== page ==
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How did you choose your specialty fields? Dr. Sarai Pahla shares her experience

I've been following Sarai's blog for a few months now, and I should say this unique lady continues to amaze me more and more. Her writing style, the issues she touches upon in her blog and her sincerity really help her to stand out among so many of her colleagues with similar specialty areas. I wrote an email to Sarai asking her to take part in my series and hoping to get a reply in the next couple days. Imagine my surprise when she wrote back immediately sharing her story! So here's what Sarai says:

How I chose my specialty fields
My answer is very simple: my entry into translation was completely the “wrong” way. I studied medicine and I didn’t enjoy it, and then I worked in IT for four years and decided to go freelance.

Meanwhile, during my time at medical school, I had to do an elective rotation at a “real” hospital (i.e. not a training hospital) and they said we could go anywhere in the world – so I chose Japan. I’m fairly certain my classmates thought I was joking until I came back with stories, pictures and what can only be described as the worst case of flu I have ever experienced in my whole life. After my experiences there, I was convinced that Japan was the place to be – I started focusing all my spare time on learning the language and figured I could learn it in a year or two at most.
That was the biggest and most fortunate mistake of my life.

I spent the next six years trying to get to grips with the language. I realised that anyone who is serious about learning Japanese must learn kanji, so I learned them mostly by rote – using flash cards that I carried around with me at the hospital while doing my internship. I wrote out as many kanji as I could find (excluding those only used for names though) with their on-yomi and kun-yomi and stuck them on my wall and read them as often as possible, hoping that some of it would stick. Then I started reading newspaper articles and translating them – and slowly, I started reading medical journals and articles. When I entered the world of translation, I entered as a translator who was already specialised in only one area – I have tried translating documents from other areas, and to be honest, I just don’t find them as interesting.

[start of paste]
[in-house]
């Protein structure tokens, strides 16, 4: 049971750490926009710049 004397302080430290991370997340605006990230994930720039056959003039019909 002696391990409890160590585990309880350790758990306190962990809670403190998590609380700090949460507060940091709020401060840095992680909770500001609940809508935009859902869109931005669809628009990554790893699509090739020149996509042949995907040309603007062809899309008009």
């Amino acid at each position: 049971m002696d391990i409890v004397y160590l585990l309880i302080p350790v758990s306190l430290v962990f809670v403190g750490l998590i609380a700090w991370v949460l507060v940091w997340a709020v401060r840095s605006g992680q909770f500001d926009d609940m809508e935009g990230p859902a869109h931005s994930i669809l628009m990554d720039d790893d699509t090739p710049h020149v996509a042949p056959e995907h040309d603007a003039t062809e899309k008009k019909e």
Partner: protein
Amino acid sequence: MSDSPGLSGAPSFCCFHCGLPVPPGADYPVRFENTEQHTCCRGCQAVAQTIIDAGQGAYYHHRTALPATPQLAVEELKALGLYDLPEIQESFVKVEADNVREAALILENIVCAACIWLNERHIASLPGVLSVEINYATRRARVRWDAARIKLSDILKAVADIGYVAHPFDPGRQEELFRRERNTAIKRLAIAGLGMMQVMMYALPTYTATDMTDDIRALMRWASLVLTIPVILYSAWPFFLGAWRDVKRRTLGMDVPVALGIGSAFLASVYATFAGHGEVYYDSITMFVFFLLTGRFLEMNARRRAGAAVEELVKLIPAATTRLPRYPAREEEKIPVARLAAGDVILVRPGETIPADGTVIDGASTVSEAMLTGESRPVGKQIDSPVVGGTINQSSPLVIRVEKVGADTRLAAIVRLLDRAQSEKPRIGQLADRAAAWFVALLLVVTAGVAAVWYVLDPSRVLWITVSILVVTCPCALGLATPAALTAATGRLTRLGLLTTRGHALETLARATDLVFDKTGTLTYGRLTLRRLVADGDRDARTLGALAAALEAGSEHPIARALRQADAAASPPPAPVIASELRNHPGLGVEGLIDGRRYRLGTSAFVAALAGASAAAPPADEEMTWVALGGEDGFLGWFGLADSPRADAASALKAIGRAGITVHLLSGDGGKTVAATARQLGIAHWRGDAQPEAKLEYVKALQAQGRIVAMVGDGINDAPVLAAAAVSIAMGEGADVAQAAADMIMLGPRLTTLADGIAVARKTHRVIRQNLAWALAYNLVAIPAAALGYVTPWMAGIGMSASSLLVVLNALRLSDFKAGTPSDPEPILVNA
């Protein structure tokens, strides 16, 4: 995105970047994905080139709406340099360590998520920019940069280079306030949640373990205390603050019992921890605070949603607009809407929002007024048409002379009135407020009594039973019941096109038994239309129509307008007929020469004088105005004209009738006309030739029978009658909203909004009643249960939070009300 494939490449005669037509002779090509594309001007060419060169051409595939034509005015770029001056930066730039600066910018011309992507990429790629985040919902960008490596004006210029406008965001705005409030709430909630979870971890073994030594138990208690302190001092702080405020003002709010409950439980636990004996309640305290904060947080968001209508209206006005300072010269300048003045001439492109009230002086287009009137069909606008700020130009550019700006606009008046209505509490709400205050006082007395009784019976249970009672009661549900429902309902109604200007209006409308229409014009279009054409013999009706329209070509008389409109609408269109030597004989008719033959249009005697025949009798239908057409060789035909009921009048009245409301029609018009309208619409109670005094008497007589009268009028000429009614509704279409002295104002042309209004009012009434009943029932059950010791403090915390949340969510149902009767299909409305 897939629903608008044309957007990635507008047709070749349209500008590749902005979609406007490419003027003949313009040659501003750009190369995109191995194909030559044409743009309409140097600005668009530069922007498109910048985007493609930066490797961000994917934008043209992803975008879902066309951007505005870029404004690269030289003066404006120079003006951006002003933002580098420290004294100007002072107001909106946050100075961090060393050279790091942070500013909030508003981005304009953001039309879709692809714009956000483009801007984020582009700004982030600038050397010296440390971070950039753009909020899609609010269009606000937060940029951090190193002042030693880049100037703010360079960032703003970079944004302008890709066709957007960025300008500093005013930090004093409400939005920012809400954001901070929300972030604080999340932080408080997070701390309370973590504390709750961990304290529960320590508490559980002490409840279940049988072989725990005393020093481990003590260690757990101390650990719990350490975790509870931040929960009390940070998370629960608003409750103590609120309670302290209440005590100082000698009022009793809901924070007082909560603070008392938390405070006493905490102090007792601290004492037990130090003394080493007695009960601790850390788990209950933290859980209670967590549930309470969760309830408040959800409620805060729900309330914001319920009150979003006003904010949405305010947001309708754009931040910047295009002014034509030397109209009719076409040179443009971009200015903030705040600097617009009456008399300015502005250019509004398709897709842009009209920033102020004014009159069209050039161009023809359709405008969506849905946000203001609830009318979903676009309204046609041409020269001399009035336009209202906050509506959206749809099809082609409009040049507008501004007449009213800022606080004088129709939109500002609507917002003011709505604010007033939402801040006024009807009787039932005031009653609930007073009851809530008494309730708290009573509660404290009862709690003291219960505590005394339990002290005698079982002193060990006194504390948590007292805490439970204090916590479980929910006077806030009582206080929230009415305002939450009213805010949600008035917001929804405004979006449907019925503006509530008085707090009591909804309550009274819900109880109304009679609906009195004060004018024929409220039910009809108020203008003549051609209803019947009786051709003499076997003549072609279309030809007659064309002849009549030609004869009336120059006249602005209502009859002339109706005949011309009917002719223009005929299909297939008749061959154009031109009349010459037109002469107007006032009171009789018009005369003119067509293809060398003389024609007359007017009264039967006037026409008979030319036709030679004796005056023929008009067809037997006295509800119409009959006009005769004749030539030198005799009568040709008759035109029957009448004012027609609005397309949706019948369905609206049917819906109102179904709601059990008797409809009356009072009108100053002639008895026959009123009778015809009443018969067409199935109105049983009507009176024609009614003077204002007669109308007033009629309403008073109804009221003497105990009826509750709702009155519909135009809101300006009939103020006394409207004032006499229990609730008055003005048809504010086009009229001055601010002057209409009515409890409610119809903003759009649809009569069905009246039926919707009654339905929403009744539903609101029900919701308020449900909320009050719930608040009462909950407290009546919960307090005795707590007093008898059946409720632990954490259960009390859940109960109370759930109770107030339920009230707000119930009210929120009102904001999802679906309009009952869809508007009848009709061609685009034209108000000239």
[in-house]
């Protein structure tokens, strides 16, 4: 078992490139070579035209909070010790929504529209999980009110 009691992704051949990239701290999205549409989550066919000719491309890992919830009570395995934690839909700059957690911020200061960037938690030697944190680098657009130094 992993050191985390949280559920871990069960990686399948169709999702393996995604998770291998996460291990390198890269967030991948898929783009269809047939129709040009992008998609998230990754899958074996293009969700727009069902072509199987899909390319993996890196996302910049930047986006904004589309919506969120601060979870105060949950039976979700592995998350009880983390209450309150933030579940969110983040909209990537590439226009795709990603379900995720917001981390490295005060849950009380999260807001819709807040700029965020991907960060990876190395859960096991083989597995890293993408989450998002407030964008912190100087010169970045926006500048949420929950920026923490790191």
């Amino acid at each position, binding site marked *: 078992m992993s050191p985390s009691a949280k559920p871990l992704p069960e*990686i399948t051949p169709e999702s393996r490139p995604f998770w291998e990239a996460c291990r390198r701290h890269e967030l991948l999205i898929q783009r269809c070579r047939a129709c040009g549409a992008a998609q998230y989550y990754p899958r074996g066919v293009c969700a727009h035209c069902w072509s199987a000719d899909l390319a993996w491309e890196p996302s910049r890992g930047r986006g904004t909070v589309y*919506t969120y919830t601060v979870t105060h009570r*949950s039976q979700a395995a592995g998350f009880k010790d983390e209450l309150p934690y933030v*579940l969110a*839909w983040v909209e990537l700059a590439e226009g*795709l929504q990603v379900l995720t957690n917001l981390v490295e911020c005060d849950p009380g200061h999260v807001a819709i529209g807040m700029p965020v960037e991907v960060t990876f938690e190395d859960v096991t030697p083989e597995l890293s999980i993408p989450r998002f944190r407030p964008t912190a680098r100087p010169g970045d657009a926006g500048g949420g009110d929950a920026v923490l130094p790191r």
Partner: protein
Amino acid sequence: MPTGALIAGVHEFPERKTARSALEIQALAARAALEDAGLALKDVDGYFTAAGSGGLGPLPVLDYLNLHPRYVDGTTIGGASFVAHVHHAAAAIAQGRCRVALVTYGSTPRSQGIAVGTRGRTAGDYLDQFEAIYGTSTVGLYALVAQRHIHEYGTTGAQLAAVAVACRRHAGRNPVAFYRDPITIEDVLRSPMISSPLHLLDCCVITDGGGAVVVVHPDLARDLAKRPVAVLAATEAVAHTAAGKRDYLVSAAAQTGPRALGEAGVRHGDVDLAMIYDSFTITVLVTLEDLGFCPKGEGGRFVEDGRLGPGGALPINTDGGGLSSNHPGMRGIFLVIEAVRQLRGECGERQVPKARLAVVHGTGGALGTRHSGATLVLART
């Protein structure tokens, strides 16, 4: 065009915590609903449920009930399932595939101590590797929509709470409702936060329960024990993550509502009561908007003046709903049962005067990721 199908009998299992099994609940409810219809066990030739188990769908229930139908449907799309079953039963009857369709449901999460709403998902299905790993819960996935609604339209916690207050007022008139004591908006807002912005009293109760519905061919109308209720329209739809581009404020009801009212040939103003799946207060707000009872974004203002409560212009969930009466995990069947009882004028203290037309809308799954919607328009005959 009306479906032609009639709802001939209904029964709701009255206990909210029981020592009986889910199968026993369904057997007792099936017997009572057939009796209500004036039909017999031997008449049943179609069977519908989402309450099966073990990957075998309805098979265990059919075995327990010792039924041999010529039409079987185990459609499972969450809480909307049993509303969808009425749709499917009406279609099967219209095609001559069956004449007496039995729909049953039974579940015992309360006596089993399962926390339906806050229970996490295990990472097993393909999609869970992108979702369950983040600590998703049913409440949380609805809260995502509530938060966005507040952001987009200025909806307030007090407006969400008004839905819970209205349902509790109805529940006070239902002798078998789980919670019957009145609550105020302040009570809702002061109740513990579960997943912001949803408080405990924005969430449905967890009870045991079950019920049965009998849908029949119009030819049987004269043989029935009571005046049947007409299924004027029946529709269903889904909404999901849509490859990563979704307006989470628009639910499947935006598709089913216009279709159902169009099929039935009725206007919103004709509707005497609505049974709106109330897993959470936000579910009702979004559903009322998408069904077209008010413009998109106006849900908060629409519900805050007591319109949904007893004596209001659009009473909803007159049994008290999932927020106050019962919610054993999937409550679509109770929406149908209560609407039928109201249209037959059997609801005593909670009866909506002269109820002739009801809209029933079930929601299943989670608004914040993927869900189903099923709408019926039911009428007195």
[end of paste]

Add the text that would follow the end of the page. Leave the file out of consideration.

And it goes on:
I still maintain that Japanese is the hardest language in the world – there are other hard languages, but the sheer number of variations in reading and interpretation doesn’t seem to be matched by any other language. Perhaps that is just my way of making myself feel good for having spent so much of my free time trying to understand it. I still struggle a lot with expressing myself grammatically, but I think that’s because I’ve never lived in Japan for any length of time since I have learned it.
 
In the beginning, before I knew if I was going to make it as a translator, I was very reluctant to tell people that I didn’t have linguistics training, until I got other translators who did to read my work. Now I know that there are many different ways to enter the profession and none is “better” than the other


Dear Sarai, thank you for your openness, sincerity, and willingness to share your experience!


Dr. Sarai Pahla is currently a freelance Japanese and German to English medical translator who is also a non-practicing medical doctor. In her free time, she enjoys playing first-person shooters on her Xbox, studying new languages (next on the list is Russian) blogging in her own blog, Loving Language, and reading other translation blogs. She is also currently inching her way slowly towards a future career in space exploration. You can find her on Twitter, LinkedIn and Google Plus.

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